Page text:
Economic profits: Did you know that many small businesses do not produce much of an economic profit? For example, if you start your own medical practice and then make as much as you did as an employee then there is no economic profit. Although, you do have to give it a few years to determine this.

Easily scalable: This means that you can easily duplicate your success by either opening more locations or growing your operations easily without relying on the owner exclusively. A perfect example is a franchise, which has a blueprint to run the business smoothly. A bad example is a niche-consultant who works one on one with clients.

The interesting fact to note is that almost any business can modify its strategy to have the desirable traits above. The complex can simplify their offerings, services or products can be made recurring, and profits can be grown to more desirable levels.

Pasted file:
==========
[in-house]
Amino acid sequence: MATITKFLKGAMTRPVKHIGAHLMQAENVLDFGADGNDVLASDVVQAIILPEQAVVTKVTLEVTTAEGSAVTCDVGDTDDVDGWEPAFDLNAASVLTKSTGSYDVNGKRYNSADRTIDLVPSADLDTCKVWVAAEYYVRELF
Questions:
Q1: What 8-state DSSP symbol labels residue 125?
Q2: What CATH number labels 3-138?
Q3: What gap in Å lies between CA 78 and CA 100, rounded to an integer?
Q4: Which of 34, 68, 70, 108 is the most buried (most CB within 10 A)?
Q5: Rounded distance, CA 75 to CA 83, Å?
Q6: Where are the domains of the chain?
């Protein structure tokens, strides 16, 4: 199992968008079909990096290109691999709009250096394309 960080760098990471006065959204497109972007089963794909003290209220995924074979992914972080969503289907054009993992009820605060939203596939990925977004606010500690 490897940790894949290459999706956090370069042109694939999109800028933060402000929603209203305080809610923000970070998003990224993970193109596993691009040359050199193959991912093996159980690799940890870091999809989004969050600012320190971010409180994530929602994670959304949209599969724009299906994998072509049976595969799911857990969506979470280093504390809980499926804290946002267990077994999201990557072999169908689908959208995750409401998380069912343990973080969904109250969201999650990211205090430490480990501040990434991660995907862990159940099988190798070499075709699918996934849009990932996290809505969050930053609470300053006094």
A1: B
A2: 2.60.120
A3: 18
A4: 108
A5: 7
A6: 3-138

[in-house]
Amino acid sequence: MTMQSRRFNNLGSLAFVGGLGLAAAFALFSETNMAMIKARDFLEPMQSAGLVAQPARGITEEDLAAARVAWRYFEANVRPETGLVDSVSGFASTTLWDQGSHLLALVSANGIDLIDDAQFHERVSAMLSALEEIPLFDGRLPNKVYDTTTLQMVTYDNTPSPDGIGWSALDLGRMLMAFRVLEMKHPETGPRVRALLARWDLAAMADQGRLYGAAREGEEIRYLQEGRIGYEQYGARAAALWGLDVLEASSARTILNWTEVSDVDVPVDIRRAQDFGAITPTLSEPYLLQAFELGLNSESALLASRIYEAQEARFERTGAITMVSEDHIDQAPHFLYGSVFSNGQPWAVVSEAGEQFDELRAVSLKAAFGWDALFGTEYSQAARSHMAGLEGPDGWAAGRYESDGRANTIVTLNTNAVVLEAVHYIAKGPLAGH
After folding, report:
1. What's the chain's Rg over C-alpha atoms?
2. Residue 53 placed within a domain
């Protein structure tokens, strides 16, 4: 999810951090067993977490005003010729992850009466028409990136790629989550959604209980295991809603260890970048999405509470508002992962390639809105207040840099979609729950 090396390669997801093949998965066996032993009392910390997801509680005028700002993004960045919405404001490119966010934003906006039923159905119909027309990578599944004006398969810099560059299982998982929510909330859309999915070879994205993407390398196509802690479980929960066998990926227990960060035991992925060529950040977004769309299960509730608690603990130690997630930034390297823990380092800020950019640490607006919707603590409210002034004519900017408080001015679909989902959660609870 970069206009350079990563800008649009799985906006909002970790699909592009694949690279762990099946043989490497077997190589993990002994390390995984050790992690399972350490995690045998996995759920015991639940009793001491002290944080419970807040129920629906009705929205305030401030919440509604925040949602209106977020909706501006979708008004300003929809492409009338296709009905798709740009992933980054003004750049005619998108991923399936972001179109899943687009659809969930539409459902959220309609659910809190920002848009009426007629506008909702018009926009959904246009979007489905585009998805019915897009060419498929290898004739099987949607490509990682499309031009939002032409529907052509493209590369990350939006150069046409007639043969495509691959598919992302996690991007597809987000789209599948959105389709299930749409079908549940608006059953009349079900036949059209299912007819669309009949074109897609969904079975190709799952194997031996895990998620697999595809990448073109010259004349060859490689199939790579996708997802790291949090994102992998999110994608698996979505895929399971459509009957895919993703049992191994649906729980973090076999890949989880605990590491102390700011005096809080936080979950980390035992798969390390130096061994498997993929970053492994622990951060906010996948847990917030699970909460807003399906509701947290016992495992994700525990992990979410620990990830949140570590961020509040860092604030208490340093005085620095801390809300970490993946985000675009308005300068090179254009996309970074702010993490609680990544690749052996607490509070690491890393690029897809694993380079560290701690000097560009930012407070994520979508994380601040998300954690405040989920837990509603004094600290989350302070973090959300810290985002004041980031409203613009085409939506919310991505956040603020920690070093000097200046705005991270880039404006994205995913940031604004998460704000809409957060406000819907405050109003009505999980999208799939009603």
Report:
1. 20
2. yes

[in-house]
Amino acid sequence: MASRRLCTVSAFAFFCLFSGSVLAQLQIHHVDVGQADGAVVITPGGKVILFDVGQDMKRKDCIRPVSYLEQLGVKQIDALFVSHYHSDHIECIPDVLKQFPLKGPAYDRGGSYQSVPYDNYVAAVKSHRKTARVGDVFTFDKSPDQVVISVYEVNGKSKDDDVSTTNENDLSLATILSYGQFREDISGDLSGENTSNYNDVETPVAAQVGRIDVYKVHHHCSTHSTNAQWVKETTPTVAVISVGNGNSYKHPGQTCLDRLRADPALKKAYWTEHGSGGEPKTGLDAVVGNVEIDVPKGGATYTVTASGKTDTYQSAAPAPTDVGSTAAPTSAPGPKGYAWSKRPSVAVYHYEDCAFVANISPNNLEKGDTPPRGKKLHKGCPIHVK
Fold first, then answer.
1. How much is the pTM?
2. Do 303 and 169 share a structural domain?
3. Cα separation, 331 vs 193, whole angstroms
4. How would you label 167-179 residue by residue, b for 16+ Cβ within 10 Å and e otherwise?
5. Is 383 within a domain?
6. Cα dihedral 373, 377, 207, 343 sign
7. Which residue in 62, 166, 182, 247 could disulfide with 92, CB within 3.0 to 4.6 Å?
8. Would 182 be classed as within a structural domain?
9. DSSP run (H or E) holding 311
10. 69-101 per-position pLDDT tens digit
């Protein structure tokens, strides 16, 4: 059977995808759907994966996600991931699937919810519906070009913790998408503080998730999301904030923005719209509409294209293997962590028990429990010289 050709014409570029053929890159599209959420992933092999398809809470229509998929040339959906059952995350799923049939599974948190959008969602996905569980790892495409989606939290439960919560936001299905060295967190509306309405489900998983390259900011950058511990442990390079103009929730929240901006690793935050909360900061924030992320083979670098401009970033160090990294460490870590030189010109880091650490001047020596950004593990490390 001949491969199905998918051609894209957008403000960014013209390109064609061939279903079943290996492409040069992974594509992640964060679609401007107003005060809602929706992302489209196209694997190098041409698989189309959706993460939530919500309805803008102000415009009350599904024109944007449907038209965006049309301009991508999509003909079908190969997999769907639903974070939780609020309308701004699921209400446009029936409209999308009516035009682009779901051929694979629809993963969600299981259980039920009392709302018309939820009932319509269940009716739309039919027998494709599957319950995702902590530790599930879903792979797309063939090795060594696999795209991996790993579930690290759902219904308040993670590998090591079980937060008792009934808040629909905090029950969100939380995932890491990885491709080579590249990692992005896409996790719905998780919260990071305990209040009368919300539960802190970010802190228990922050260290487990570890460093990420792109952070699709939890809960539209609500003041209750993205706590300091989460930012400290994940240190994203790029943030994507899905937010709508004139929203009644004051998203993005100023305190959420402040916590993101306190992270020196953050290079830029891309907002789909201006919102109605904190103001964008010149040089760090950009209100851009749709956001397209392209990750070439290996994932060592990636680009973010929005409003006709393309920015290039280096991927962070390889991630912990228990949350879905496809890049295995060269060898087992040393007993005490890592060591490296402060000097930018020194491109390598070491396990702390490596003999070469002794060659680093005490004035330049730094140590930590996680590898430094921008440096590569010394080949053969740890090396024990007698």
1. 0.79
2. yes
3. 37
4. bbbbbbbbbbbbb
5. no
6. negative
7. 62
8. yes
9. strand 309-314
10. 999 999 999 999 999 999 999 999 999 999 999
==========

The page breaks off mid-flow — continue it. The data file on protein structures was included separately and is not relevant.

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How to Prepare for & Prosper from the Next Recession

We are currently in one of the longest economic recoveries ever recorded. That is excellent news, but on the flip side, we are due for a recession. Who knows when that will happen, but there are steps to take to prepare yourself and possibly take advantage of any future downturns:

Don’t Live on the Edge: Before making a major purchase or change in your life, calculate the costs and risks of your actions. For example, before you assume that you will purchase a fixer upper, make massive improvements, then resell it for a large profit, you should calculate different scenarios. Instead of just looking at the best case scenario, calculate a likely outcome and then also a worse case scenario. If you won’t be able to handle the worse case scenario, then may be you should pass up the opportunity. Don’t take my word for it, but try to remember what happened during the last recession.